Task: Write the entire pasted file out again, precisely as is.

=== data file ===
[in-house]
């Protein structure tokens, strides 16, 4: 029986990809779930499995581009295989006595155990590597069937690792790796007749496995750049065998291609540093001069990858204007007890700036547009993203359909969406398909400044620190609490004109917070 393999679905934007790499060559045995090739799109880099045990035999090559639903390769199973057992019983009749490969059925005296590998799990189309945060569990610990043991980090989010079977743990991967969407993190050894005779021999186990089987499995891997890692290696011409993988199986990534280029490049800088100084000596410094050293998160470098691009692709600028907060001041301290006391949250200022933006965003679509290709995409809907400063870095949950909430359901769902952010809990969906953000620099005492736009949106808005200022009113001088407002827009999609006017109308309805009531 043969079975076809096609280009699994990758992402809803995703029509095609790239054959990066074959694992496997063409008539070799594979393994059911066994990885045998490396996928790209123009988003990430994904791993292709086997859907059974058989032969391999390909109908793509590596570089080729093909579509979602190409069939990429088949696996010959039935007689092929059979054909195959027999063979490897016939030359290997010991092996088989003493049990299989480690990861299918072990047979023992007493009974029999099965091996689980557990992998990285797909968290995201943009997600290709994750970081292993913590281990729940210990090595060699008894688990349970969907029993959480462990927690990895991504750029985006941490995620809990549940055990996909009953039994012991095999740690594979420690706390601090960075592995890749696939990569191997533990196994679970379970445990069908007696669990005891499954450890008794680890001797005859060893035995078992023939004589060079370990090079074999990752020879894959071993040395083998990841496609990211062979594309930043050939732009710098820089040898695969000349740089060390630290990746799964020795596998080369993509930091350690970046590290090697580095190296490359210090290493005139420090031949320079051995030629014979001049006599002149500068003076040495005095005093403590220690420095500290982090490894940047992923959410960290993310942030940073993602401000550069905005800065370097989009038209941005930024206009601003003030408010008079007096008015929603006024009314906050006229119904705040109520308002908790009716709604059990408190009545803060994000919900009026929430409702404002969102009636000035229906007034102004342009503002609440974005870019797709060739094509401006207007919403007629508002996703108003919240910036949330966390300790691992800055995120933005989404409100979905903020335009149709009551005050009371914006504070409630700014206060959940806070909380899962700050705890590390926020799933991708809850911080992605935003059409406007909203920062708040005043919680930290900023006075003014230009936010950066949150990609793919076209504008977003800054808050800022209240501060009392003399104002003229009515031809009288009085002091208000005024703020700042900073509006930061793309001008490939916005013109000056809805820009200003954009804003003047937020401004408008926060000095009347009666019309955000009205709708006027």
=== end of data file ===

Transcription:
[in-house]
């Protein structure tokens, strides 16, 4: 029986990809779930499995581009295989006595155990590597069937690792790796007749496995750049065998291609540093001069990858204007007890700036547009993203359909969406398909400044620190609490004109917070 393999679905934007790499060559045995090739799109880099045990035999090559639903390769199973057992019983009749490969059925005296590998799990189309945060569990610990043991980090989010079977743990991967969407993190050894005779021999186990089987499995891997890692290696011409993988199986990534280029490049800088100084000596410094050293998160470098691009692709600028907060001041301290006391949250200022933006965003679509290709995409809907400063870095949950909430359901769902952010809990969906953000620099005492736009949106808005200022009113001088407002827009999609006017109308309805009531 043969079975076809096609280009699994990758992402809803995703029509095609790239054959990066074959694992496997063409008539070799594979393994059911066994990885045998490396996928790209123009988003990430994904791993292709086997859907059974058989032969391999390909109908793509590596570089080729093909579509979602190409069939990429088949696996010959039935007689092929059979054909195959027999063979490897016939030359290997010991092996088989003493049990299989480690990861299918072990047979023992007493009974029999099965091996689980557990992998990285797909968290995201943009997600290709994750970081292993913590281990729940210990090595060699008894688990349970969907029993959480462990927690990895991504750029985006941490995620809990549940055990996909009953039994012991095999740690594979420690706390601090960075592995890749696939990569191997533990196994679970379970445990069908007696669990005891499954450890008794680890001797005859060893035995078992023939004589060079370990090079074999990752020879894959071993040395083998990841496609990211062979594309930043050939732009710098820089040898695969000349740089060390630290990746799964020795596998080369993509930091350690970046590290090697580095190296490359210090290493005139420090031949320079051995030629014979001049006599002149500068003076040495005095005093403590220690420095500290982090490894940047992923959410960290993310942030940073993602401000550069905005800065370097989009038209941005930024206009601003003030408010008079007096008015929603006024009314906050006229119904705040109520308002908790009716709604059990408190009545803060994000919900009026929430409702404002969102009636000035229906007034102004342009503002609440974005870019797709060739094509401006207007919403007629508002996703108003919240910036949330966390300790691992800055995120933005989404409100979905903020335009149709009551005050009371914006504070409630700014206060959940806070909380899962700050705890590390926020799933991708809850911080992605935003059409406007909203920062708040005043919680930290900023006075003014230009936010950066949150990609793919076209504008977003800054808050800022209240501060009392003399104002003229009515031809009288009085002091208000005024703020700042900073509006930061793309001008490939916005013109000056809805820009200003954009804003003047937020401004408008926060000095009347009666019309955000009205709708006027």